Samples of food are considered to be for quality assurance, research or analysis purposes when they are imported in small quantities (i.e., quantities consistent with the quality assurance, research, or analysis purposes) and the entire sample is used up by the analysis or is destroyed after analysis or a reasonable retention period after analysis. The analysis may include sensory analysis or evaluations such as those organoleptic analyses for testing the quality of tea or for testing for histamines. Evidence that an article of food is imported for quality assurance, research, or analysis purposes only might include, among other evidence, that the food and shipment documents are marked accordingly. The enforcement discretion does not apply to samples intended for test marketing, such as tasting at trade shows or product promotional tasting events. See Compliance Policy Guide, Prior Notice of Imported Food Under the Public Health Security and Bioterrorism Preparedness and Response Act of 2002.

 

Additional Selected Excerpts from the Prior Notice Interim Final Rule, Guidance Documents, and Fact Sheets

Who is authorized to submit prior notice? A prior notice for an article of food may be submitted by any person with knowledge of the required information. This person is the submitter. The submitter also may use another person to transmit the required information on his/her behalf. The person who transmits the information is the transmitter. The submitter and transmitter may be the same person. See Interim Final Rule § 1.278.

What is the definition of "shipper"? The interim final rule defines "shipper" as "the owner or exporter of the article of food who consigns and ships the article from a foreign country or the person who sends an article of food by international mail to the United States." See Interim Final Rule § 1.276(b)(12).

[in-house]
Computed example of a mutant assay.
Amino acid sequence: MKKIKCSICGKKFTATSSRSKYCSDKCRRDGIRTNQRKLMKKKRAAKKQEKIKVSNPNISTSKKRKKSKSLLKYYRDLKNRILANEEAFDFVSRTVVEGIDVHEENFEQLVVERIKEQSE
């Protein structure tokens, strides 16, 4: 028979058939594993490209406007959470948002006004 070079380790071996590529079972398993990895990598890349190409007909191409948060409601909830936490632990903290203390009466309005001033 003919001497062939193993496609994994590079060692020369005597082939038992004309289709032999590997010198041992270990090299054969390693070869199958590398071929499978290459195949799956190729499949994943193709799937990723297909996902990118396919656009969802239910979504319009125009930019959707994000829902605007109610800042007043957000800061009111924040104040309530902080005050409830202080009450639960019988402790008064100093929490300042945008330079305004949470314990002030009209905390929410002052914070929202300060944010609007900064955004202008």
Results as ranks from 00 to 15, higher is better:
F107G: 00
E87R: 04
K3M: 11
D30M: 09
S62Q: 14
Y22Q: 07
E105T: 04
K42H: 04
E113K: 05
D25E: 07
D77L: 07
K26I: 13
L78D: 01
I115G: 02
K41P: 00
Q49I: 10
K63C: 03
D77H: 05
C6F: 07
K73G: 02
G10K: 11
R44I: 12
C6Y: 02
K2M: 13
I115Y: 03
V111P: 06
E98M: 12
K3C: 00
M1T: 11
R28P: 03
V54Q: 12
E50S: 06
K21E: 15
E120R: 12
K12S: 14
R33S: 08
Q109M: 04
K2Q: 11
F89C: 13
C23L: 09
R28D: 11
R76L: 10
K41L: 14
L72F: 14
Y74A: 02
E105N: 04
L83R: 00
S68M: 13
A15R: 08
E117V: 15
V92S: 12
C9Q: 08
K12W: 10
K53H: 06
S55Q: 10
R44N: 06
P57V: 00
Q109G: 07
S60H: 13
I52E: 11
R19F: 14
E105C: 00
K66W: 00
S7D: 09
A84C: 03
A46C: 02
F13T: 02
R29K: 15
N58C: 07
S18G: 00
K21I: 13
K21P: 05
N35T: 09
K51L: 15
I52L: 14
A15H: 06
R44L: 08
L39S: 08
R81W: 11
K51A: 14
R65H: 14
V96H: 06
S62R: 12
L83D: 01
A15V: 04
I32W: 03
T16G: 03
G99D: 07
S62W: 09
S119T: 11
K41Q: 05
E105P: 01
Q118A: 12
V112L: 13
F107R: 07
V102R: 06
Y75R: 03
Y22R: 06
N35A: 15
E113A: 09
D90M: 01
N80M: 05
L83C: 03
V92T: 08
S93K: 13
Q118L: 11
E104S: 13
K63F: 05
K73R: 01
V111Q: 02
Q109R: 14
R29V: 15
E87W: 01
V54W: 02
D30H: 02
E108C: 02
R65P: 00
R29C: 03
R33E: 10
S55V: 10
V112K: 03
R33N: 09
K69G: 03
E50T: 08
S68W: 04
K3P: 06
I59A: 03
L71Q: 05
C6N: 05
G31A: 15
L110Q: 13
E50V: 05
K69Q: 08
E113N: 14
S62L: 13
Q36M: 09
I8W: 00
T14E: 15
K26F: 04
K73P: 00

Abbreviated Information on Requirements for Submission of Prior Notice for Foods Arriving by International Mail

Refer to Prior Notice of Imported Foods particularly, Sending Food Gifts Through International Mail and Prior Notice for Food Articles sent by International Mail Step-by-Step Web System Instructions for additional information. For enforcement policies, refer to the Compliance Policy Guide (CPG).

Abbreviated Information

ArticlePrior Notice RequiredGenerally Enforced
Home-made foods: Food made by an individual in his/her personal residence and sent by that individual as a personal gift (i.e., for non-business reasons) to an individual in the United States.NoNot applicable
Non-Commercial Shipments: Food imported or offered for import for non-commercial purposes with a non-commercial shipper. A non-commercial purpose is when the food is purchased or otherwise acquired by an individual for non-business purposes and the shipper is an individual (e.g., the individual delivers the food to a post office or common carrier for delivery to self, family member, or friend for non-business purposes, i.e., not for sale, resale, barter, business use, or commercial use.) This includes food purchased by a traveler and mailed or shipped to the traveler's U.S. address by the traveler; gifts purchased at a commercial establishment and shipped by the purchaser, not the commercial establishment.YesNo, refer to CPG
Gifts of Food that is no longer in its natural state: Generally, the prior notice should include the identity of the manufacturing facility and the registration number of the manufacturing facility (§ 1.281(a)(6)). Here, the manufactured food is sent by an individual as a personal gift (i.e., for non-business reasons) to an individual in the U.S.YesYes, however, the name and address of the firm listed on the label may be provided in lieu of the registration number (§ 1.281a)(6))
Samples of Food 1: The samples are items that are in such early stages of research and development that they cannot yet be considered food, or the sample is in a form that is not an article of food, such as a slurry of lettuce for pesticide analysis or a sterile sample container filled with juice for heavy metal analysis.NoNot applicable
Samples of Food 2: Food imported or offered for import for quality assurance, research or analysis purposes only, not for human or animal consumption and not for resale.YesYes, except for the registration number of the manufacturing facility; refer to CPG